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Returning To Work Or Study

Returning To Work Or Study

Returning to work

Deciding to return to work will depend on your health, financial situation and personal priorities. In addition to income, work can provide satisfaction and an opportunity to mix with other people. You are the best judge of when you will be ready to return to work. Members of your healthcare team can also give you guidance on this.  

Most women agree it’s very helpful to go back to work for short periods and then increase their hours and/or days, as they feel better.  If you have to return to work, this may cause some anxiety and fear. Whether you are returning to an old job, or starting a new one, you may face challenges with your colleagues. 

How much should I tell my employer and colleagues?

While you are not obligated to tell your employer that you are receiving treatment for, or recovering from, ovarian cancer, it can make working life easier for everyone if you are able to be open about this. You may ask for your condition to remain confidential. Your employer must respect your right to privacy.  

If you do decide to tell co-workers about your cancer, you can discuss it with them personally, or ask a member of your human resources team, manager or a co-worker to talk to staff on your behalf. Just like your friends and family, co-workers can be unsure of what to say or feel awkward about how to approach you.  

Practicalities of returning to work

Talk to your employer and healthcare team about a realistic plan for the pace of your return to work and times when you will need to be absent. Give-and-take on both sides will make your return to work easier. Your employer needs to be flexible, because your needs may change as treatment progresses. Try to give your employer as much notice as you can when you need to take time off. Some organisations have employee assistance programs where you can receive free and confidential counselling if you are experiencing difficulties in the transition back to work. 

More information

  • The Cancer Council’s Cancer, work and you is an excellent resource and covers returning to work in detail, visit www.cancer.org.au or call 13 11 20 for a free copy  

  • Work After Cancer, is a resource to support work during and after cancer diagnosis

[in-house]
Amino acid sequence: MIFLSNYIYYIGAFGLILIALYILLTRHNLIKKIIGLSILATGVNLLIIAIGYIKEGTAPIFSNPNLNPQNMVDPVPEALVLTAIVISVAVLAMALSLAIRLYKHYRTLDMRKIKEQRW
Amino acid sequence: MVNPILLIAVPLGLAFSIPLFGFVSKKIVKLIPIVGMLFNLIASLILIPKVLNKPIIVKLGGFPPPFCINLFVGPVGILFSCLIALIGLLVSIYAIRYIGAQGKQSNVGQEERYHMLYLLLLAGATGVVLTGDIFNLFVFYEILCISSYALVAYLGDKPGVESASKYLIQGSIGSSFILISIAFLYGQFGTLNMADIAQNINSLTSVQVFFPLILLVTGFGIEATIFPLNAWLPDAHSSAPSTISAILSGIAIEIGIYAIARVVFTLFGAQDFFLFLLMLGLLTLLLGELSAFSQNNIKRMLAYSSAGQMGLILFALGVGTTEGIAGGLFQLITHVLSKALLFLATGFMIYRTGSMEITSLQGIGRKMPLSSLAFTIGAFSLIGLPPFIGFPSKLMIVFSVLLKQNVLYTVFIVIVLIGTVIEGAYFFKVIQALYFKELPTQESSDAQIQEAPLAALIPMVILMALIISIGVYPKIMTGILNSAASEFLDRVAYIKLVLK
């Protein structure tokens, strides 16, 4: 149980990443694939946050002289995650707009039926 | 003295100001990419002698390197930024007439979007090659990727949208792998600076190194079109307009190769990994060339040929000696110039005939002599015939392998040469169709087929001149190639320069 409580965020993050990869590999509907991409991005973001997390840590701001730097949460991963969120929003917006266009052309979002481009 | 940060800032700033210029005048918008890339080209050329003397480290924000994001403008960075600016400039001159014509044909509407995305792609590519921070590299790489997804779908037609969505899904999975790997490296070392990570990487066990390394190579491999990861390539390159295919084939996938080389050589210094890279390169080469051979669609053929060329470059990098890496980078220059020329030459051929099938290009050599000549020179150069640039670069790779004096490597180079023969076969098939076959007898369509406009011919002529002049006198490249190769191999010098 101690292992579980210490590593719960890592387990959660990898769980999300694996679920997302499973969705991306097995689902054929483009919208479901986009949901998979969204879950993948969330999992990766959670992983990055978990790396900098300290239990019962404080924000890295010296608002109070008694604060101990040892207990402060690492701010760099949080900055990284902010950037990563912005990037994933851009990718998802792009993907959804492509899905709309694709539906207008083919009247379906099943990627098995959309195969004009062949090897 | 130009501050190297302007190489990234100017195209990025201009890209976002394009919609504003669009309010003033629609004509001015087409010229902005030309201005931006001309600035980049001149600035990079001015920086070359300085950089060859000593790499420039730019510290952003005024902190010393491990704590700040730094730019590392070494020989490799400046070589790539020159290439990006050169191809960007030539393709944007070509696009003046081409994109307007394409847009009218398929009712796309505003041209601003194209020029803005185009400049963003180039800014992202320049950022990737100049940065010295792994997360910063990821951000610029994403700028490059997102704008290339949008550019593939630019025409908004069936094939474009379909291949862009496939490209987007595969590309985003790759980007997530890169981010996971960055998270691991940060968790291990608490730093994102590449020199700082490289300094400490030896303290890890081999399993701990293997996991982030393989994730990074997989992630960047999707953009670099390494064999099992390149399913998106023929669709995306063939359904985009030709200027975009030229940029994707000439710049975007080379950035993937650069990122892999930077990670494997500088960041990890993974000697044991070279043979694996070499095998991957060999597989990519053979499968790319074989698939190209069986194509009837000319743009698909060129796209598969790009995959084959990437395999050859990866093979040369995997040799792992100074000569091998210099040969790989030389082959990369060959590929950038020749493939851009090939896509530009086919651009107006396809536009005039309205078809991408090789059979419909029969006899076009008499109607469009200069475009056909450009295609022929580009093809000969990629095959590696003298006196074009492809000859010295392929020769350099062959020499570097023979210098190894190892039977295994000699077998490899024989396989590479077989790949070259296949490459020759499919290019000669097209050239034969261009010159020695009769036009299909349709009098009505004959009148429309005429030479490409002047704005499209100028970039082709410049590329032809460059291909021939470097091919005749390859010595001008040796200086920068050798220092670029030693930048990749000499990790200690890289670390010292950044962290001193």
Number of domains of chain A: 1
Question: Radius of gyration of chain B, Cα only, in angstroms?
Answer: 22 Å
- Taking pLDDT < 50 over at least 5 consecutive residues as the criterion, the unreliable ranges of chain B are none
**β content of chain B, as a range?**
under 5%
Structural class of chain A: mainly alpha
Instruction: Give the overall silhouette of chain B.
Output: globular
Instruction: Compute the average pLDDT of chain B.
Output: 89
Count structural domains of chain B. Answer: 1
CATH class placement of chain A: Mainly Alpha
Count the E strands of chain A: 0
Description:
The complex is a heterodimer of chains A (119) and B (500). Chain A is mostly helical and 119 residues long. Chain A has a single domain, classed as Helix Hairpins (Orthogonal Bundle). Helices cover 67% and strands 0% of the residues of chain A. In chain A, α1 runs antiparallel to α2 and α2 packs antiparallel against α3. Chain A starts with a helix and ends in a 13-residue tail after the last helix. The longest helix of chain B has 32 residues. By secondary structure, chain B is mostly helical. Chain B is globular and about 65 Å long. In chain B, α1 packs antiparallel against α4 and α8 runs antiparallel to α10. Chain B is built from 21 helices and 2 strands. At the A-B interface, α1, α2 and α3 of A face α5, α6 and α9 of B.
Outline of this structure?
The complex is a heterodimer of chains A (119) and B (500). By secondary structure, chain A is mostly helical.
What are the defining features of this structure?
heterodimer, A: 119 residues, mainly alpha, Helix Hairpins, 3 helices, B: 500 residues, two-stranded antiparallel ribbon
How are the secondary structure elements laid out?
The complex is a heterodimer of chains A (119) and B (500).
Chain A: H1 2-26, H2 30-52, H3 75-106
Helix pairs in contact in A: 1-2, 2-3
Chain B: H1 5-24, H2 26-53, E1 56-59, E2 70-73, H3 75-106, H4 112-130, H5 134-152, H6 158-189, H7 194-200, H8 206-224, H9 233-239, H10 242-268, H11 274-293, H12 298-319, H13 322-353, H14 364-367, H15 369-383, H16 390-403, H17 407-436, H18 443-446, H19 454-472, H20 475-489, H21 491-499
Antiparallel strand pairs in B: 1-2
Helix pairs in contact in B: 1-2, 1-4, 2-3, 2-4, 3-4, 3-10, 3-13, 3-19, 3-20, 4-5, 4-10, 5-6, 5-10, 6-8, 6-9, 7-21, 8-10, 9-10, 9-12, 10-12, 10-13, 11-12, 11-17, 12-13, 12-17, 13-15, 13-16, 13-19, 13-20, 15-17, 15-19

• For advice about workplace discrimination, you should talk to a social worker, solicitor, the Human Rights and Equal Opportunity Commission, Department of Social Security or a local community health or welfare centre.

Returning to study

Some women may be returning to study after treatment finishes. Taking time out of study during your treatment can be very upsetting. Like returning to work, returning to study carries its own set of changes. Side effects from treatment, such as fatigue and chemo brain, can make travelling to class and concentrating in classes very difficult. You may have to go back to study part time, which means you will finish your course later. This can cause difficulties.  

It can help to let your teachers know about your cancer and its treatment. That way they may be able to arrange tutorials and extra classes around times when you are able to rest in between sessions. Most universities, colleges and schools will have student counsellors who may be able to help you as well. These services can help arrange for things like flexibility in assignment deadlines or rest periods during exams.

Practical Support Services

Ovarian Cancer Australia has collated information on practical support services available for people with ovarian cancer that can address emergency financial assistance, accommodation and transport, and home care supports.

For more information, visit our page:

Want to talk?

Ovarian Cancer Australia's Helpline is available to call 9am - 5pm AET Monday to Friday 

Acknowledgement flags

Ovarian Cancer Australia acknowledges the Traditional Owners of the land where our office is located, the Wurundjeri people of the Kulin Nation and we pay our respects to Elders past and present.